Light can be used not only to measure materials’ properties, but also to change them. Especially interesting are those cases in which the function of a material can be modified, such as its ability to conduct electricity or to store information in its magnetic state. A team led by Andrea Cavalleri from the Max Planck Institute for the Structure and Dynamics of Matter in Hamburg used terahertz frequency light pulses to transform a non-ferroelectric material into a ferroelectric one.

Ferroelectricity is a state in which the constituent lattice “looks” in one specific direction, forming a macroscopic electrical polarisation. The ability to...

Im Focus: Determining the Earth’s gravity field more accurately than ever before

Researchers at TU Graz calculate the most accurate gravity field determination of the Earth using 1.16 billion satellite measurements. This yields valuable knowledge for climate research.

The Earth’s gravity fluctuates from place to place. Geodesists use this phenomenon to observe geodynamic and climatological processes. Using...

Im Focus: Tube anemone has the largest animal mitochondrial genome ever sequenced

Discovery by Brazilian and US researchers could change the classification of two species, which appear more akin to jellyfish than was thought.

The tube anemone Isarachnanthus nocturnus is only 15 cm long but has the largest mitochondrial genome of any animal sequenced to date, with 80,923 base pairs....

Im Focus: Tiny light box opens new doors into the nanoworld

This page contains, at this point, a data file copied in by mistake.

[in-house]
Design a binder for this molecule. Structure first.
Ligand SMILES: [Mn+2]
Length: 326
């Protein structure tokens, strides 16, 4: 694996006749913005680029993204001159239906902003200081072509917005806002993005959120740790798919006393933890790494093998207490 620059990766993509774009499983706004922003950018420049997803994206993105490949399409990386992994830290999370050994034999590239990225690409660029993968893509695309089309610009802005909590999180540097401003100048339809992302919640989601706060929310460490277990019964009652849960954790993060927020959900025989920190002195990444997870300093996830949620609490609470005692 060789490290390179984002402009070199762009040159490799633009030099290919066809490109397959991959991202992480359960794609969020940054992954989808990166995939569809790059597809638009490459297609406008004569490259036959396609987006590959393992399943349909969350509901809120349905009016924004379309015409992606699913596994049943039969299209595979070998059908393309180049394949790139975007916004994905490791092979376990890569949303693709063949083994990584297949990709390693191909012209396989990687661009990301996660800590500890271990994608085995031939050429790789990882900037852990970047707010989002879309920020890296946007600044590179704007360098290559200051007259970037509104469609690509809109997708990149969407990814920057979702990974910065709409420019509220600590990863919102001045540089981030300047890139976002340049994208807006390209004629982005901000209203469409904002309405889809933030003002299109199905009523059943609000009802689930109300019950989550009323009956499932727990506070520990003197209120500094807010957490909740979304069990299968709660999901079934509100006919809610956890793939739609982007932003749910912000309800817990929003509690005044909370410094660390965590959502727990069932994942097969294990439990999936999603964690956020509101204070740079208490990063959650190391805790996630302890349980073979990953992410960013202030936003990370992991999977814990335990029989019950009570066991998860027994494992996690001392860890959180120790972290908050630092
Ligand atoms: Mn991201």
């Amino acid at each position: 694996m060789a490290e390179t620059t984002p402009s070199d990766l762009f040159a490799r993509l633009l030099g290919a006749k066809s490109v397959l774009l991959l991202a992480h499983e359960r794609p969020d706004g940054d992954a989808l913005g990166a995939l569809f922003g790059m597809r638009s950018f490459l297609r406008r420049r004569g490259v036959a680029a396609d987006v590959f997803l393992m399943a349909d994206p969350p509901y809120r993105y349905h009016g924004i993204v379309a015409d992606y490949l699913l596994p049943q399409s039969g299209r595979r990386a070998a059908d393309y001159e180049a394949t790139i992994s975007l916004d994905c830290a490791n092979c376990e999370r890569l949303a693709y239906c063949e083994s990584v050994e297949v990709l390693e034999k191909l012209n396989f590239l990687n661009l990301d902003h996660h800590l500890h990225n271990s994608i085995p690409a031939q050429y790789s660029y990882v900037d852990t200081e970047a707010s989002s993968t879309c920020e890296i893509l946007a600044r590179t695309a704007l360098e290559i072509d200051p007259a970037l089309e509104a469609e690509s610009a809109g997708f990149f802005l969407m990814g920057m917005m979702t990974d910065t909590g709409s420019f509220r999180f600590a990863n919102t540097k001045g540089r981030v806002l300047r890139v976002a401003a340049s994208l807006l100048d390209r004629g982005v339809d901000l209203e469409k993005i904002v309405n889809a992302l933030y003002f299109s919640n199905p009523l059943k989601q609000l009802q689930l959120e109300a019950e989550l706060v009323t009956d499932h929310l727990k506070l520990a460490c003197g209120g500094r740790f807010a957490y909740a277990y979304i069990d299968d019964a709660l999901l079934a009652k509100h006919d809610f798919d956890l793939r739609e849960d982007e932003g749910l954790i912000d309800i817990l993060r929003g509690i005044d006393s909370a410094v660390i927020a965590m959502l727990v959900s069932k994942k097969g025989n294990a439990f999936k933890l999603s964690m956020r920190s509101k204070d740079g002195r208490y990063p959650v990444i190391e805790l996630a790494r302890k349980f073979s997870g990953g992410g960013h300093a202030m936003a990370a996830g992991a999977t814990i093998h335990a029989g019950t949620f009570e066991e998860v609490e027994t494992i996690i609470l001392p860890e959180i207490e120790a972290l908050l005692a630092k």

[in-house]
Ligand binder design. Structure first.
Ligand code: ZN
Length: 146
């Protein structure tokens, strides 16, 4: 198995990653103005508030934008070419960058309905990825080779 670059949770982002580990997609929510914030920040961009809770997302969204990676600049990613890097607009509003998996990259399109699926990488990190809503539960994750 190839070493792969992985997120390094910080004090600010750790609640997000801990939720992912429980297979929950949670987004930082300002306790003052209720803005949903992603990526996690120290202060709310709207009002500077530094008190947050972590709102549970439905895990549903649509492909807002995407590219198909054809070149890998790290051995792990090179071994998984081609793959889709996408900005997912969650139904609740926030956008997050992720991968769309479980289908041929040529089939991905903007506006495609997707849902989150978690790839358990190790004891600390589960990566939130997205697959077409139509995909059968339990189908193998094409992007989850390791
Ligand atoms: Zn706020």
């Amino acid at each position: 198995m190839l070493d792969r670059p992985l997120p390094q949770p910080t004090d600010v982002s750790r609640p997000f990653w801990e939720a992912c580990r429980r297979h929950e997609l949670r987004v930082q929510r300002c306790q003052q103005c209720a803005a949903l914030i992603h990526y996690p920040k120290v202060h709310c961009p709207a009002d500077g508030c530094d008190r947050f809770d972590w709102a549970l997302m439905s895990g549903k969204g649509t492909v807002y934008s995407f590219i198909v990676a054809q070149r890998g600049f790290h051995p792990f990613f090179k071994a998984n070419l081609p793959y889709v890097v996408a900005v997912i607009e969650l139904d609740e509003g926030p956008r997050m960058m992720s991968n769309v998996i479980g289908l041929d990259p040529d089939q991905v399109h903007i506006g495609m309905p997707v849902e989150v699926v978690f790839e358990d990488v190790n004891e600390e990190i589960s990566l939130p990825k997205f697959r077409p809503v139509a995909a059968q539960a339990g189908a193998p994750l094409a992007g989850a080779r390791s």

Researchers at Chalmers University of Technology, Sweden, have discovered a completely new way of capturing, amplifying and linking light to matter at the nanolevel. Using a tiny box, built from stacked atomically thin material, they have succeeded in creating a type of feedback loop in which light and matter become one. The discovery, which was recently published in Nature Nanotechnology, opens up new possibilities in the world of nanophotonics.

Photonics is concerned with various means of using light. Fibre-optic communication is an example of photonics, as is the technology behind photodetectors and...

Im Focus: Cost-effective and individualized advanced electronic packaging in small batches now available

Fraunhofer IZM is joining the EUROPRACTICE IC Service platform. Together, the partners are making fan-out wafer level packaging (FOWLP) for electronic devices available and affordable even in small batches – and thus of interest to research institutes, universities, and SMEs. Costs can be significantly reduced by up to ten customers implementing individual fan-out wafer level packaging for their ICs or other components on a multi-project wafer. The target group includes any organization that does not produce in large quantities, but requires prototypes.

Research always means trying things out and daring to do new things. Research institutes, universities, and SMEs do not produce in large batches, but rather...

All Focus news of the innovation-report >>>

Anzeige

Anzeige

VideoLinks
Industry & Economy
Event News

SEMANTiCS 2019 brings together industry leaders and data scientists in Karlsruhe

29.04.2019 | Event News

Revered mathematicians and computer scientists converge with 200 young researchers in Heidelberg!

17.04.2019 | Event News

First dust conference in the Central Asian part of the earth’s dust belt

15.04.2019 | Event News

 
Latest News

Concert of magnetic moments

14.06.2019 | Information Technology

Materials informatics reveals new class of super-hard alloys

14.06.2019 | Materials Sciences

New imaging modality targets cholesterol in arterial plaque

14.06.2019 | Medical Engineering

VideoLinks
Science & Research
Overview of more VideoLinks >>>